ONLY "Reboot into Firmware interface" option on boot

Hello, After changing my motherboard (and CPU + GPU, because laptop). My system ran just as before except for 1 change. On boot “Checking Media” message appeared on the black screen for ~2-3 seconds and then the Lenovo logo will appear and then the system will boot and work just as before, there were no problems.

What I regret is my decision to do something about the message, I searched it up and followed this superuser post ( I run the command sudo bootctl install and then after restart my computer.
To my horror, now, not only that message stayed but more importantly, IT DOESN’T BOOT nomore. And I get the below screen.

What should I do. Can anyone tell me :pray:

yes you followed but did you read it ?

from your link
Quote:" On my Arch Linux system (which uses systemd-boot), the convenient way is bootctl install."

sorry maid but a complete new install of manjaro might be the easier solution than go on swimming in the Gummiboot.

I thought it applied to manjaro as well because you know both being kinda same… Is there nothing we can do? My files are in there.

well they are “kind” but there are differences under the hood and yes maybe there is a workaround but i doubt that it is worth to spend the time evaluating it. this is sort of worst case when a new install is the way that keeps your blood-pressure in life-safe regions.

What can I do now, because reinstall would mean my data will be gone forever.

boot into a live-iso, mount your ide and backup the data to a external device.

and btw, never do an sudo rm -rf / even if there are tutorials in the net which claim it

iso mean i assume to boot into live env from pendrive

what does this mean?


first boot into live-iso, open a filemanager and check if you can access your hard drive.

you could try to chroot and hope that it repairs it, but i’m not sure if it works, don’t blame me if not

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is there any other way than os reinstall. a way where everything stays the same. just like before? because all the reinstall would mean i would have to reinstall, configure, personalize, install all my softwares, transfer data etc. and I have exams coming up.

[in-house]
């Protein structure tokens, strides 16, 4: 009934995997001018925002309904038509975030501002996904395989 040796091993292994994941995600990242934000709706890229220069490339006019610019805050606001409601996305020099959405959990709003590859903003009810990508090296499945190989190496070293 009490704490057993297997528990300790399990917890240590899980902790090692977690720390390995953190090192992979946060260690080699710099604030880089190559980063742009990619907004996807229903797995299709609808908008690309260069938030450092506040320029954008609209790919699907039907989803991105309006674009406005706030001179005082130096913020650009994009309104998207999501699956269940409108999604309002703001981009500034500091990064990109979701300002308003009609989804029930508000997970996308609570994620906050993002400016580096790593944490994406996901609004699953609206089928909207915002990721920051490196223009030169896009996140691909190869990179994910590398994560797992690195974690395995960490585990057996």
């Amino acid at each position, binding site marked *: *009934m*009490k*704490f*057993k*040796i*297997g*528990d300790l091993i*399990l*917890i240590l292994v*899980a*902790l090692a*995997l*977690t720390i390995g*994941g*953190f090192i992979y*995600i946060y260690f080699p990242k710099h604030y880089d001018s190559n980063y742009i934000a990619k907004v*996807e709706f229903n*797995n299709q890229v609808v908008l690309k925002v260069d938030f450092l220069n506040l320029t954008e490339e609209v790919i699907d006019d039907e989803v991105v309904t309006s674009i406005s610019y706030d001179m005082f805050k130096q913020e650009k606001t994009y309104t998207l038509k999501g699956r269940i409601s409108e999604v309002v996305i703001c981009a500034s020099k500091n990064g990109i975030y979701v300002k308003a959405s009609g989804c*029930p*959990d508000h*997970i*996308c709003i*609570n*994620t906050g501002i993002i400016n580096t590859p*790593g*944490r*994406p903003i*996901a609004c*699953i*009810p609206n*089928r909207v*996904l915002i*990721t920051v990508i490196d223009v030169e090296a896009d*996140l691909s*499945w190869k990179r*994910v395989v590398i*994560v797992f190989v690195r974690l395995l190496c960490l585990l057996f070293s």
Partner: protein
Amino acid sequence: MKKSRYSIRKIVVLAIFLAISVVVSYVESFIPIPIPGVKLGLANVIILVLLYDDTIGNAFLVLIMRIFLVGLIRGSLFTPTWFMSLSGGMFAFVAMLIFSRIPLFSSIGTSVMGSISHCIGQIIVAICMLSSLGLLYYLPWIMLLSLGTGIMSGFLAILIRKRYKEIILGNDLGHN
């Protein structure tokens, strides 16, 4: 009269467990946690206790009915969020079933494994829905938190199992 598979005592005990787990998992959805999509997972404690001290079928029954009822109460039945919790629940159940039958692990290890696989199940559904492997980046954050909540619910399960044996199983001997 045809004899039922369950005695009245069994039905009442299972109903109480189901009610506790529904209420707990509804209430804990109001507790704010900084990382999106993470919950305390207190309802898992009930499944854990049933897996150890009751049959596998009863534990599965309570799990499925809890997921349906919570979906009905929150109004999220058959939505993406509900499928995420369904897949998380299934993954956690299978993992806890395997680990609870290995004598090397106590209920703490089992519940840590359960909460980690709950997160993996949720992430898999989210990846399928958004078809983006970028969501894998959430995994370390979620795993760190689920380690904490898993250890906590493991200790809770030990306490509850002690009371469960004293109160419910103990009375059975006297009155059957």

Were you using systemd-boot before or you just run whatever you see? :smiley:
Anyhow, you need to manually create boot entries for systemd-boot to work. When you do that, it’s 10x simpler and easier than GRUB.

And if you want GRUB back, jut remove systemd-boot, bootctl remove and follow manjaro wiki on reinstalling grub.


So the best way for me to go about will be to enter live environment of the manjaro through pendrive and back up my data.
Then, try to restore grub. If it doesn’t work, reinstallation would be my only option. Right?

Also, how do I excecute the data backup through the live environment?

If installing systemd-boot is all you did, then you don’t need to reinstall, don’t worry.

Yes, chroot, remove systemd-boot, reinstall grub, update grub and optionally reinstall whatever kernels you are using.

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Yes. I opened the terminal, ran sudo bootctl install, closed the terminal, and restarted my laptop.

I’m new (as you would have known by now) so can you elaborate on

I already wrote command how to remove systemd-boot, and for chroot and grub restore steps check and read wiki link @Oli posted.

If you get stuck anywhere, post what you did and what was output or what you are not sure of.

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I started the manjaro live-iso environment and first backed up my files on another pendrive for safety (files showed up as root device on the file explorer itself).

Then in the terminal, ran
manjaro-chroot -a
bootctl remove
pacman -Syyuu grub
grub-install --target=x86_64-efi --efi-directory=/boot/efi --bootloader-id=manjaro --recheck
grub-mkconfig -o /boot/grub/grub.cfg

Restarted and voila! Done.
Thanks @zbe and @Olli


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